Nudging makes choices more intuitive and effortless, ultimately improving the purchasing experience.

But nobody likes being coerced or tricked into making a choice. That’s why nudging must be subtle. Small nudges in someone’s best interest help make decisions feel organic and effortless.

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Six nudge marketing examples

FOMO (Fear of missing out)

Remember when you failed to take advantage of a valuable opportunity like a 50% discount on a jacket or a chance to attend a concert because you couldn’t get tickets in time?

Subconsciously, people remember their disappointment the next time they encounter another time-sensitive offer.

So, they buy on the spur of the moment because they don’t want to risk missing out on good deals.

The FOMO phenomenon is well known to marketers, who employ it efficiently to generate more sales.


sales page showing purchases by others

People always want more of what we can’t have.

The scarcity principle plays on these behavioral triggers.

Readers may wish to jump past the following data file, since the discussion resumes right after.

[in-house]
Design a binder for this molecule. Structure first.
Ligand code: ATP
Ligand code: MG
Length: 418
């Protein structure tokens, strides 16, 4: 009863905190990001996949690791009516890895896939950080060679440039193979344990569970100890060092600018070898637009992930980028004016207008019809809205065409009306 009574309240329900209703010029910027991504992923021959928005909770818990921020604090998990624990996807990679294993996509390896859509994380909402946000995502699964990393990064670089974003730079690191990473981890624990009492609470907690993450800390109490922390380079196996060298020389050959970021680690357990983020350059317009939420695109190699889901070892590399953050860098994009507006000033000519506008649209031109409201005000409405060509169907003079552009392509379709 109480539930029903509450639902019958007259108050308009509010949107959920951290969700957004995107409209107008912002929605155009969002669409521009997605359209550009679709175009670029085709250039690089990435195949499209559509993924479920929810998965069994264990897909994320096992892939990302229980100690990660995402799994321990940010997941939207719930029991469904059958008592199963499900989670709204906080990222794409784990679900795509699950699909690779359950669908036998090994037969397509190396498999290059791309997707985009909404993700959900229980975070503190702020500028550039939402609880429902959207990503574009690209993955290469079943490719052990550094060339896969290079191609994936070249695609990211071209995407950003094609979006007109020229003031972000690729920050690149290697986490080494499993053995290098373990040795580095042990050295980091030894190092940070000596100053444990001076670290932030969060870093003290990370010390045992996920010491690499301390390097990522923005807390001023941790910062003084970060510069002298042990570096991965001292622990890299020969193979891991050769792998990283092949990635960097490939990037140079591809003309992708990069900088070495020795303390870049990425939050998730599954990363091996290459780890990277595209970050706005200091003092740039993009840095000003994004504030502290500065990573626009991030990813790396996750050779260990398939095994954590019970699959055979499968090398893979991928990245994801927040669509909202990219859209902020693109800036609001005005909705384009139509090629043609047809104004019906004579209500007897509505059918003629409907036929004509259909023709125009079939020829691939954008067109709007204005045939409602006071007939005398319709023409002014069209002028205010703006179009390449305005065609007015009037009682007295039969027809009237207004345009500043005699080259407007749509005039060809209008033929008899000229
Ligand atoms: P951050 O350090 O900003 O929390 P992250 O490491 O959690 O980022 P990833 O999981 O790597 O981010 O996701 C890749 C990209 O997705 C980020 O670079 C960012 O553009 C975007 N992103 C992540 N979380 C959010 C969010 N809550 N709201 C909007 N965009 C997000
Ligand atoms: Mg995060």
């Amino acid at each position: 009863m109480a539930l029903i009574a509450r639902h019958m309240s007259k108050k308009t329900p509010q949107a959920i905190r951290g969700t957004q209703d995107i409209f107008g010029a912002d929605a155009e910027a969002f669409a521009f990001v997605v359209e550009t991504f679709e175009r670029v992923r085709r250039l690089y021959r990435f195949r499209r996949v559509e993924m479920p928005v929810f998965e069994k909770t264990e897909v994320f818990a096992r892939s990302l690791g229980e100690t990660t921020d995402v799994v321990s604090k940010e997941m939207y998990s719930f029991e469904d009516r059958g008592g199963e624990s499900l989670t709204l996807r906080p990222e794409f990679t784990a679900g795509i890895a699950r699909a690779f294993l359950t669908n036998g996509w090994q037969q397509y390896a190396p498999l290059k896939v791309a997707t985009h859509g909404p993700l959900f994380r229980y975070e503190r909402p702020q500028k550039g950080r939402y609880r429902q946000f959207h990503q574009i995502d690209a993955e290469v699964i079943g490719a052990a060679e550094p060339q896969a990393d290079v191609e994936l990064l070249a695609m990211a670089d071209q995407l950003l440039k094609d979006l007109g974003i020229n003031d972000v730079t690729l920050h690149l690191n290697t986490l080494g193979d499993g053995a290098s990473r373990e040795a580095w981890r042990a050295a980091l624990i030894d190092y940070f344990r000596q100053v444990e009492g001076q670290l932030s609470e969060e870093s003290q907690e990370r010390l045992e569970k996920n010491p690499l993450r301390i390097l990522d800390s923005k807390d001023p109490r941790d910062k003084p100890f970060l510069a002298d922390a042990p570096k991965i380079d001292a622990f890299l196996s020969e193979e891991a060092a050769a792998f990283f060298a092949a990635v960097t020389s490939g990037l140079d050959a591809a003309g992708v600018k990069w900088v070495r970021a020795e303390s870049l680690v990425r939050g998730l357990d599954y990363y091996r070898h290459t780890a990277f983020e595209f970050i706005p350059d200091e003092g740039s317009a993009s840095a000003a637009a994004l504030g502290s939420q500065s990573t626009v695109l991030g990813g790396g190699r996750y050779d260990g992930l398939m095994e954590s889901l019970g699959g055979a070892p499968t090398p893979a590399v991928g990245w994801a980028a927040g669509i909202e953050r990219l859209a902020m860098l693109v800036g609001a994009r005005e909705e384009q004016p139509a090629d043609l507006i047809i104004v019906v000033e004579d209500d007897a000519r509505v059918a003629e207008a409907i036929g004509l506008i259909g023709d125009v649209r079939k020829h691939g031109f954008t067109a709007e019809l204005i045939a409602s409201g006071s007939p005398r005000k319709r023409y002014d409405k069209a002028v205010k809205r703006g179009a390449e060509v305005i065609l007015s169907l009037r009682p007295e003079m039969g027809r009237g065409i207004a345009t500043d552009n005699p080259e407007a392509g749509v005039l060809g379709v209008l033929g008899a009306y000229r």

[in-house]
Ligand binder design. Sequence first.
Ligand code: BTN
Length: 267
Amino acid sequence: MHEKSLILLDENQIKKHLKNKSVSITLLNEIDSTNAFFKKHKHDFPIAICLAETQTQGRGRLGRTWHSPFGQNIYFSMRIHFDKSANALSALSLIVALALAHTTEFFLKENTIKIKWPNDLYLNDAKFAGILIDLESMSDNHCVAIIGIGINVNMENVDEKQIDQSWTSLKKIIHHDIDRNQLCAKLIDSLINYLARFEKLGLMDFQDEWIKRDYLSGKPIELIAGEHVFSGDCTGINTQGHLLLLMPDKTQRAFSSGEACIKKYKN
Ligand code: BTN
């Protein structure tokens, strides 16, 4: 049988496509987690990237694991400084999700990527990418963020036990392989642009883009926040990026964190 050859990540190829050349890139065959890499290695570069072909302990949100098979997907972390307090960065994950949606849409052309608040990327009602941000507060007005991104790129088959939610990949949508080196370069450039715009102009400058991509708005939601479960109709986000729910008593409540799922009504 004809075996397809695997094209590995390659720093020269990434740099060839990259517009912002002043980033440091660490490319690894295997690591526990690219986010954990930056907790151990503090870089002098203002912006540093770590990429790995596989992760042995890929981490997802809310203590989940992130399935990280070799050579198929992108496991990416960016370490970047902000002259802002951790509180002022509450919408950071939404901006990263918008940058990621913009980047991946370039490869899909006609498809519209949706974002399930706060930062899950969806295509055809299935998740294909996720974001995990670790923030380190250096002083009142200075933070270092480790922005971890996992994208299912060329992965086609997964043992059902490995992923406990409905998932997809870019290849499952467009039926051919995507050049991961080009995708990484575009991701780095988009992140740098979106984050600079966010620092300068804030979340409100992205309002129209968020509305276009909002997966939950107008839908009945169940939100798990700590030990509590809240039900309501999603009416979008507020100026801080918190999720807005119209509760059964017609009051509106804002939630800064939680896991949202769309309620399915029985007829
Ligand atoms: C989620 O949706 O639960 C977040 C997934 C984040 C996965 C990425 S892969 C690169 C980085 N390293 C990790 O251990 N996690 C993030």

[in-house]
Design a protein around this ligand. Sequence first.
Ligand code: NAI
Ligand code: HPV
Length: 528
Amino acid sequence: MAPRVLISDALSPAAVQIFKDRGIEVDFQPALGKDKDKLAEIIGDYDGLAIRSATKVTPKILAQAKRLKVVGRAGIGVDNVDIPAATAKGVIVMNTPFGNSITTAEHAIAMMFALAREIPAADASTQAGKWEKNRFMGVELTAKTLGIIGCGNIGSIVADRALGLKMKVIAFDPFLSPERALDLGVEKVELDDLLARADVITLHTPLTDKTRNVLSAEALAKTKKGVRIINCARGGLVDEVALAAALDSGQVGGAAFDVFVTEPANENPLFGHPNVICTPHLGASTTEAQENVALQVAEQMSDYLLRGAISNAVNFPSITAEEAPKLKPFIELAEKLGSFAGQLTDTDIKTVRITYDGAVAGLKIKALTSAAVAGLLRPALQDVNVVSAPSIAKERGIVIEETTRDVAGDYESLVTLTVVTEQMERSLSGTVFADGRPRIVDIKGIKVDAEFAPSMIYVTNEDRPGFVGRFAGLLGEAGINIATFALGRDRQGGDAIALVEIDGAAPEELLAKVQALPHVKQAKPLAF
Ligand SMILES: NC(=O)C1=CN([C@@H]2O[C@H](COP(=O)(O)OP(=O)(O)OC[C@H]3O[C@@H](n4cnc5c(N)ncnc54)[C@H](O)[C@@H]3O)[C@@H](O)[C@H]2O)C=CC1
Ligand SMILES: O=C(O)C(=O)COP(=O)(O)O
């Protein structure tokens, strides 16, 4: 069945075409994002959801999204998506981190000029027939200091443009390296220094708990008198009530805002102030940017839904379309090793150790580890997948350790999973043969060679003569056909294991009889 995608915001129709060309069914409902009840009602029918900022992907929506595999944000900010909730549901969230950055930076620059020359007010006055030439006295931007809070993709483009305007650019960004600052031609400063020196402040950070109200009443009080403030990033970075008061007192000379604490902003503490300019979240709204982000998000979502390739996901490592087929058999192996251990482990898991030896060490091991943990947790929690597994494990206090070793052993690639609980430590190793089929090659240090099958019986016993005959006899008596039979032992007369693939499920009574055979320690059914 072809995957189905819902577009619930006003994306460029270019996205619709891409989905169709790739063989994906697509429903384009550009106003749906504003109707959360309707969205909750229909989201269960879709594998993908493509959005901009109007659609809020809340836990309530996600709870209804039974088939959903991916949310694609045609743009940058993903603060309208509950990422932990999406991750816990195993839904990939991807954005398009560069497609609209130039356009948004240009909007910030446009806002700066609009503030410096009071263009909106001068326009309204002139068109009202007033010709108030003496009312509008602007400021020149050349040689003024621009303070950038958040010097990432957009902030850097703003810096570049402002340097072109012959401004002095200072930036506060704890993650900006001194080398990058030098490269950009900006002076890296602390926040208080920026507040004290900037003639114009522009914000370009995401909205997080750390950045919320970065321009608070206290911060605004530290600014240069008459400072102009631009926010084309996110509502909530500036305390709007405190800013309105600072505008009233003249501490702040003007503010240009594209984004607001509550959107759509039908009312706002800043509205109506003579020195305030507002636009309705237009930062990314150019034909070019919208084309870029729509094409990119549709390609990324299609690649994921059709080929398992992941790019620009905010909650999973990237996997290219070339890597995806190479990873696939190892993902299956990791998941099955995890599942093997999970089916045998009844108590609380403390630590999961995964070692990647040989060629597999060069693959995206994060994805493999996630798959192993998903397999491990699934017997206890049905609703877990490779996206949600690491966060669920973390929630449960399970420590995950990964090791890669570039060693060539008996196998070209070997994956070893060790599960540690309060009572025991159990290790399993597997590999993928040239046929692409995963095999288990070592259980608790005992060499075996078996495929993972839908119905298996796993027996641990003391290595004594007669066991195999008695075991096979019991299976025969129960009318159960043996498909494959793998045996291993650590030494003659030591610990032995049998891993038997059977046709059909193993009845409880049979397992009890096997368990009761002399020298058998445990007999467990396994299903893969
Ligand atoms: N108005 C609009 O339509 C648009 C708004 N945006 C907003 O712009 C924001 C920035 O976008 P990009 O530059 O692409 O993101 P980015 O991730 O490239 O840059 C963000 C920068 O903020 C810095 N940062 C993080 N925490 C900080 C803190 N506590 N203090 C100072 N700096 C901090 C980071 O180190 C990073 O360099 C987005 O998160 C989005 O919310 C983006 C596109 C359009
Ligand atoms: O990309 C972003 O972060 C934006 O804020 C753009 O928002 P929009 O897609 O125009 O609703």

“Scarcity marketing” plays on customers’ fears of being unable to participate in the hottest trend or latest promotion.

Brands use scarcity strategies to boost product value and sales by intentionally limiting the perceived supply or availability.

The brand on the right encourages customers’ immediate purchase by notifying them that others have purchased a dress at a discounted price during the last 48 hours.

Frequently bought together

The term “Frequently bought together” (or “FBT”) is commonly used to describe a curated list of items that have been chosen to increase revenue.

Instead of just listing random items alongside a customer’s selected product, the FBT feature showcases other complementary products.

This nudge tactic is commonly utilized to promote upsells and cross-sells. By suggesting complementary products, you’re increasing sales and providing more value to the user.

Nerdwax cross sell example

With the help of nudge marketing, Nerdwax can upsell a high-value bundle on its product pages right before the checkout.

Nerdwax specifies what the high-value pack includes and how much money you may save by purchasing it.

A big, bold, yellow call to action makes adding this merchandise to the shopping cart easy.

You may use this tactic in your online shop by including a suggested-buy overlay on the product detail page or the shopping cart before the final checkout screen.


  • Try not to be overly aggressive with your upsell tactics, such as displaying a pop-up shortly after the visitor lands on your website.